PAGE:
Say Nothing: A True Story of Murder and Memory in Northern Ireland (Paperback)Patrick Radden Keefe (author)
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Say Nothing presents the disappearance of a mother of ten in 1970s Belfast as a microcosm of the grueling Northern Irish troubles as a whole. Keefe condemns a culture of silence and blind sectarian loyalty for exacerbating the sufferings of ordinary people, in this vitally important and brave slice of investigative journalism.
Winner of the Orwell Prize for Political Writing 2019
One night in December 1972, Jean McConville, a mother of ten, was abducted from her home in Belfast and never seen alive again. Her disappearance would haunt her orphaned children, the perpetrators of this terrible crime and a whole society in Northern Ireland for decades.
In this powerful, scrupulously reported book, Patrick Radden Keefe offers not just a forensic account of a brutal crime but a vivid portrait of the world in which it happened. The tragedy of an entire country is captured in the spellbinding narrative of a handful of characters, presented in lyrical and unforgettable detail.
A poem by Seamus Heaney inspires the title: `Whatever You Say, Say Nothing'. By defying the culture of silence, Keefe illuminates how a close-knit society fractured; how people chose sides in a conflict and turned to violence; and how, when the shooting stopped, some ex-combatants came to look back in horror at the atrocities they had committed, while others continue to advocate violence even today.
Say Nothing deftly weaves the stories of Jean McConville and her family with those of Dolours Price, the first woman to join the IRA as a front-line soldier, who bombed the Old Bailey when barely out of her teens; Gerry Adams, who helped bring an end to the fighting, but denied his own IRA past; Brendan Hughes, a fearsome IRA commander who turned on Adams after the peace process and broke the IRA's code of silence; and other indelible figures. By capturing the intrigue, the drama and the profound human cost of the Troubles, the book presents a searing chronicle of the lengths that people are willing to go to in pursuit of a political ideal, and the ways in which societies mend - or don't - in the aftermath of a long and bloody conflict.
Publisher: HarperCollins Publishers
Number of pages: 528
Weight: 460 g
Dimensions: 198 x 129 x 40 mm
'Keefe's gripping account of the Troubles is equal parts true-crime, history, and tragedy. His incisive reporting reveals the hidden costs of the Troubles, illuminating both the terrible toll of the conflict, and how it continues to reverberate today. A must read.' - Gillian Flynn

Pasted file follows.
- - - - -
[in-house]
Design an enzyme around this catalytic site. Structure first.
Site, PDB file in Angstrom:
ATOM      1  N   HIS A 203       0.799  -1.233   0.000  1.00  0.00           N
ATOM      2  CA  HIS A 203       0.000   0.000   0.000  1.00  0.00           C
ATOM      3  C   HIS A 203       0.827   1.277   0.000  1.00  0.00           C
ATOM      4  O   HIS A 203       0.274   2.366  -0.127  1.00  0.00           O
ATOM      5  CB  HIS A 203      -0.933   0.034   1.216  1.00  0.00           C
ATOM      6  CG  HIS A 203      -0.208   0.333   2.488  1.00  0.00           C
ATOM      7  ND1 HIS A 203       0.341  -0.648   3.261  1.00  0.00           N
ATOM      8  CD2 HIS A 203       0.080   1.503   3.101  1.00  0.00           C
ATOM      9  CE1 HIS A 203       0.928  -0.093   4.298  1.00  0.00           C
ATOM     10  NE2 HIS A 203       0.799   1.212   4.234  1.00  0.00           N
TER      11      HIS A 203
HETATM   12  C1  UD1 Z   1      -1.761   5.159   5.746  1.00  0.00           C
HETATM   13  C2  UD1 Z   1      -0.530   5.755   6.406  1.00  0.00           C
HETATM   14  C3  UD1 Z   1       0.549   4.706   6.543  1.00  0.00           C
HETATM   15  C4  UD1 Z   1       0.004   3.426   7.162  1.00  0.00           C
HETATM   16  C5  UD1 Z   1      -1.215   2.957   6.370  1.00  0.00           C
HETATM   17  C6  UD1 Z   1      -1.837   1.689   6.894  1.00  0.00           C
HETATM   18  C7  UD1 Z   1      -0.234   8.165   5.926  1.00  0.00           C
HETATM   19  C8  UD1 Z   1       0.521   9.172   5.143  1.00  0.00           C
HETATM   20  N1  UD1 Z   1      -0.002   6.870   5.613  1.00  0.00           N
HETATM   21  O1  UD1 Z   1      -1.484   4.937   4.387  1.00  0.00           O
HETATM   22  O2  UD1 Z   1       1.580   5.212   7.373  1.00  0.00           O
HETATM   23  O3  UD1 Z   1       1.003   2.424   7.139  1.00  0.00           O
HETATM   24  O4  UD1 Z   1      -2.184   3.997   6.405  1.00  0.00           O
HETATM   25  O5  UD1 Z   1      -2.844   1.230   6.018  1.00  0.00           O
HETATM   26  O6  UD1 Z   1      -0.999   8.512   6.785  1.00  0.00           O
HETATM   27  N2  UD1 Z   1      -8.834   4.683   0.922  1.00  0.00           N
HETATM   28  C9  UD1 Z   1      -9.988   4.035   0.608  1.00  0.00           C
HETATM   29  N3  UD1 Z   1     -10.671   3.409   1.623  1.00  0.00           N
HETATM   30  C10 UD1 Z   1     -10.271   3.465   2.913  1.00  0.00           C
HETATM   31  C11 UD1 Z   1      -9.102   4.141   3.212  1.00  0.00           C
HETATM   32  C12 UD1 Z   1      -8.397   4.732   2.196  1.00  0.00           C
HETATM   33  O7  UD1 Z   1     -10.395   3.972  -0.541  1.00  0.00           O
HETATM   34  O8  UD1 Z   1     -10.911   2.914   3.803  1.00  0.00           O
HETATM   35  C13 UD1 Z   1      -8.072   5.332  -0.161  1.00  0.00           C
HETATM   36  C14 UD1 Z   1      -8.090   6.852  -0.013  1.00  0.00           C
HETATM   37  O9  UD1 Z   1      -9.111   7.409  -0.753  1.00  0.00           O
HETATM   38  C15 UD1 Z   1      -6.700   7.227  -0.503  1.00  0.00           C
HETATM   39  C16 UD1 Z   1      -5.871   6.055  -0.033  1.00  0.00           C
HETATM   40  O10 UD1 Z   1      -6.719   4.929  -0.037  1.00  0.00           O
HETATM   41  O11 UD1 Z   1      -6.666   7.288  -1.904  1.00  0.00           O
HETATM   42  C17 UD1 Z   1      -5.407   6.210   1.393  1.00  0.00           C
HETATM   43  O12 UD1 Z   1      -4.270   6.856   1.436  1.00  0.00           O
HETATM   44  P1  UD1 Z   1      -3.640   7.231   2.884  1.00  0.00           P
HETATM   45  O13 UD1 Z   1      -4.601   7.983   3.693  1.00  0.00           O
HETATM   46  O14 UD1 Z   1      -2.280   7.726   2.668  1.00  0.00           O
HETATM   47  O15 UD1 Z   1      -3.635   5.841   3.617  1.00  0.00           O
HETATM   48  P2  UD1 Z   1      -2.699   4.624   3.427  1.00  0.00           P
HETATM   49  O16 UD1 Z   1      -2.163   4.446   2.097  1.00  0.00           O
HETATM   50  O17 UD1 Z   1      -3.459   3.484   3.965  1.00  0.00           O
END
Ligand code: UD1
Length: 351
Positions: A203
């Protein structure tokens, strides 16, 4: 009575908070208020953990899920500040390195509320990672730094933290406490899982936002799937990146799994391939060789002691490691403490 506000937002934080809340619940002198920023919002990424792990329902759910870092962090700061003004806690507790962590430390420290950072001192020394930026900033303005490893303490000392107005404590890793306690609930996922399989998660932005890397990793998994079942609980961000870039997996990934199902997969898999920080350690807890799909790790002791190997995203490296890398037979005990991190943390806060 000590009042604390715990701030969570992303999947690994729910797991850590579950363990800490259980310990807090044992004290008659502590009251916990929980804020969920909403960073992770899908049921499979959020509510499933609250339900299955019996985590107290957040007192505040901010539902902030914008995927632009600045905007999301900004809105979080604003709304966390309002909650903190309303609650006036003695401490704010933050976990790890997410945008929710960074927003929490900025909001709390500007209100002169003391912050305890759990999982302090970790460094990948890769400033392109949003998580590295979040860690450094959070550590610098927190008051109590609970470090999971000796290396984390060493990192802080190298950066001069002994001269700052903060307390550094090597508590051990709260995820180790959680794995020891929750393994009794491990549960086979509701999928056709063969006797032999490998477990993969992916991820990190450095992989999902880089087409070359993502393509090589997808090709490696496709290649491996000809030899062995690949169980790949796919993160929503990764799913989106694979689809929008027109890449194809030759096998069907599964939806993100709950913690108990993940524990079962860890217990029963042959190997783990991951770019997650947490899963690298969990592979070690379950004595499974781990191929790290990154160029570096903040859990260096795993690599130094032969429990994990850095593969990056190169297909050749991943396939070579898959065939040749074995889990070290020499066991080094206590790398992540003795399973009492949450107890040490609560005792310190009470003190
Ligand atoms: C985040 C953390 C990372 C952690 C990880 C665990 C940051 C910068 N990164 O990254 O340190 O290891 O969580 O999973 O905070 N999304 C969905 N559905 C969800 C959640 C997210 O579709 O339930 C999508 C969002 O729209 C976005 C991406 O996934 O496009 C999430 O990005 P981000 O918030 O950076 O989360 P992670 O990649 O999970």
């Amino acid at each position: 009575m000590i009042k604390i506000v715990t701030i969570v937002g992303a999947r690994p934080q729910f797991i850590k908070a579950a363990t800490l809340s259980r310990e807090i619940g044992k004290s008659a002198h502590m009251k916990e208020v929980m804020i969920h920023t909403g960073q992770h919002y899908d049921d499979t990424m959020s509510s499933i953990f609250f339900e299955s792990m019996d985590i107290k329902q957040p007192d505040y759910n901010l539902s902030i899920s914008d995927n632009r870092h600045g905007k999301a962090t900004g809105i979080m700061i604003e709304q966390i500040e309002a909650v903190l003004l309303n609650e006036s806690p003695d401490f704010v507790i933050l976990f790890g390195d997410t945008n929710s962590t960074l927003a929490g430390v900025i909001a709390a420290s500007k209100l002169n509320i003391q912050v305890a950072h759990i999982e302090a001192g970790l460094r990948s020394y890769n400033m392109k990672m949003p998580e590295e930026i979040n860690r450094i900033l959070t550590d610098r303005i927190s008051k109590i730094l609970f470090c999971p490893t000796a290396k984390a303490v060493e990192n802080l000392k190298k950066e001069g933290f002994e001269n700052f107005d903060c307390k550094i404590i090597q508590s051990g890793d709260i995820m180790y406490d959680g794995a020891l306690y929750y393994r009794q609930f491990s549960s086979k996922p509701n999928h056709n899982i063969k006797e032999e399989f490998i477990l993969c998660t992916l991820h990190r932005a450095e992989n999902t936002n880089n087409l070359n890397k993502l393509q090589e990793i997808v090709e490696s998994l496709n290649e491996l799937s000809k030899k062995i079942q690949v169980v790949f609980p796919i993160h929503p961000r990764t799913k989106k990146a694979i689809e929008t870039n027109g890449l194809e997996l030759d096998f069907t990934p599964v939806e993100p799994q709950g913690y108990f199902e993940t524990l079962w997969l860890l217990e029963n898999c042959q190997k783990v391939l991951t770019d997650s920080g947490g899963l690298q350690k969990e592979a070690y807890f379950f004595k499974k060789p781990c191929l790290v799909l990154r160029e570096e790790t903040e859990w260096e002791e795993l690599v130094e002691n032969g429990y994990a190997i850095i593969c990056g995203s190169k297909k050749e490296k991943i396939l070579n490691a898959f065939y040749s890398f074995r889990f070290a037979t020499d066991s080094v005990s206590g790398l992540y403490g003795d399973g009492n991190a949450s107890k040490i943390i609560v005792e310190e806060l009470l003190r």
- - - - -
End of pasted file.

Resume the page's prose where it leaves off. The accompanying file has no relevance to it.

'Patrick Radden Keefe uses the old Irish phrase, "Whatever you say, say nothing", to suggest and to say just about everything. His great accomplishment is to capture the tragedy of the Troubles on a human scale. A bracing, empathetic, heartrending work of storytelling.' - Colum McCann
'Meticulously reported, exquisitely written and grippingly told, this is a work of revelation. Keefe not only peels back, layer by layer, the truth behind one of the most important and mysterious crimes of a terrible conflict; he also excavates the history of the Troubles and illuminates its repercussions to this day.' - David Grann
'Smart, searching and utterly absorbing, `Say Nothing' sweeps us into the heart of one of the modern world's bitterest conflicts and, with unusual compassion, walks us back out again along the road to reconciliation. This is more than a powerful, superbly reported work of journalism. It is contemporary history at its finest.' - Maya Jasanoff
'Patrick Radden Keefe has the rare ability to convey an intimate story that powerfully illuminates a much larger one. He brilliantly represents the menace and intrigue that devastated Belfast and shows the course of ordinary lives headed towards inevitable and awful collision. By turns gripping and profoundly revelatory, Say Nothing shines a brighter light on Northern Ireland's tragic past than any history book.' Scott Anderson
'A shattering, intimate study of how young men and women consumed by radical political violence are transformed by the history they make, and struggle to come to terms with the blood they have shed, Say Nothing is a powerful reckoning. An essential.' - Philip Gourevitch